After Petra was declared a World Heritage site by UNESCO in 1985, one would assume that a gradual reversal, from neglect to serious efforts of preserving the site and its beauty, would have taken place. The sad truth, however, is that so far very little has happened to ensure the survival even of the most prominent examples of Nabataean architecture, a truth that is indeed alarming. If it took about fifteen centuries to obliterate more than 80% of the façades, how long will it take until these last preserved samples of Nabataean architecture have disappeared? Decay is an accelerating process: the fact that some monuments survived in a relatively presentable shape for almost two thousand years gives no guarantee that they will survive for an equally long period of time. Consequently, the threat of further loss of fabric and irreplaceable architectural detail is imminent and real.

To make things worse, the few and surely honourable attempts that have been made to save parts of some of the monuments, eg at al-Khazna and the Palace tomb, were actually failures. They were well-intended efforts in their time, but now we know that they were futile and in fact in the long run may be more harmful to the monuments than if nothing had been done at all. It is above all because of the repeated and excessive use of Portland cement with its entirely different properties that forms an incompatible mix with the sandstone from which the tombs are carved. This is extremely detrimental to the monuments and for many other reasons cement should have no place in Petra.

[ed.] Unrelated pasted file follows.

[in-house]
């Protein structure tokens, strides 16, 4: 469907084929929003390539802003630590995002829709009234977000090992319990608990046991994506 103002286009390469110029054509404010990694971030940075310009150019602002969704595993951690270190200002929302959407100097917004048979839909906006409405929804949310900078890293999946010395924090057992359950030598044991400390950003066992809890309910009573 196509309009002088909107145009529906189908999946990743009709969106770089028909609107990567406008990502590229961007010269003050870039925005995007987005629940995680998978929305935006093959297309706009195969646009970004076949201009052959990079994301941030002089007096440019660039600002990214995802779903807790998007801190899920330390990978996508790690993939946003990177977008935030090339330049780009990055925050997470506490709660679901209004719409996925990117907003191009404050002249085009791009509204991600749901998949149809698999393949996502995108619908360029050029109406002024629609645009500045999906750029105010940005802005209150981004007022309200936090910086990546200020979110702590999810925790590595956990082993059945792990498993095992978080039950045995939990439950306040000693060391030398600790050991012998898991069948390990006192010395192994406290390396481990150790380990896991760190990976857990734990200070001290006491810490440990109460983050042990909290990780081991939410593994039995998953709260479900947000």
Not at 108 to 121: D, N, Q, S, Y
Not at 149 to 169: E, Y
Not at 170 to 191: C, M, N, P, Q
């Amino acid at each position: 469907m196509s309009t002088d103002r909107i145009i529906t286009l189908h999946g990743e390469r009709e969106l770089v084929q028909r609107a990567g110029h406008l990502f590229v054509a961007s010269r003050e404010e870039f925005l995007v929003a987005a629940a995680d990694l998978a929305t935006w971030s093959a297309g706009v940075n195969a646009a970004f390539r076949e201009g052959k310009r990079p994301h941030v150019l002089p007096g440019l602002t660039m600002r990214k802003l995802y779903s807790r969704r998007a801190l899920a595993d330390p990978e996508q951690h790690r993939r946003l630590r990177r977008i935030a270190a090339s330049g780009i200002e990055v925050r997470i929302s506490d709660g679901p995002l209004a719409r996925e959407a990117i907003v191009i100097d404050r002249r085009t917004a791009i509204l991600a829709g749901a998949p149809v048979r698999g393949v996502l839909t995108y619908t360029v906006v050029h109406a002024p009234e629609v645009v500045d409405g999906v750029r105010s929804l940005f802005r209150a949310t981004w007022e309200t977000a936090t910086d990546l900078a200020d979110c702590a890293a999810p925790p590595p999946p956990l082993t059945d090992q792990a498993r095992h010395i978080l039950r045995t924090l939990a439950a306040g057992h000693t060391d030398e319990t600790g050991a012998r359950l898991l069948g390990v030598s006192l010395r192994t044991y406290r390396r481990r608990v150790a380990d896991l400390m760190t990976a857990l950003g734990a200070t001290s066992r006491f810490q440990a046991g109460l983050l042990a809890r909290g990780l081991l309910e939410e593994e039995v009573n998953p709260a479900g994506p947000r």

The ancient Nabataean city of Petra has always been the prime tourist spot of the country that has – because of its unique architecture, the peculiar way in which the façades were shaped and its outstanding setting and beauty – attracted travellers from all over the world. Due to its great cultural significance for humanity, it has been recognized as a World Heritage Property. Furthermore, the signing of the peace treaty between Jordan and Israel in November 1994 greatly contributed to an unprecedented increase in the number of tourists visiting Petra.

A boom in hotel construction set in immediately after the peace treaty was signed. Also roads were built and widened and world-wide promotional activities for tourism to Jordan were launched. However, there was not much visible effort to conserve the cultural heritage. A hopeful new attempt for conservation is the German-Jordanian project for the establishment of a Conservation Centre in Petra. Its first project, the restoration of the Tomb of the Fourteen Graves (Tomb 825), has been implemented and special guidelines and procedures for the restoration of the monuments as well as their documentation have been developed.

(Text based on Michael Kühlenthal/Helge Fischer, Petra, vol. XXXIV of the series ICOMOS – Journals of the German National Committee, 2000)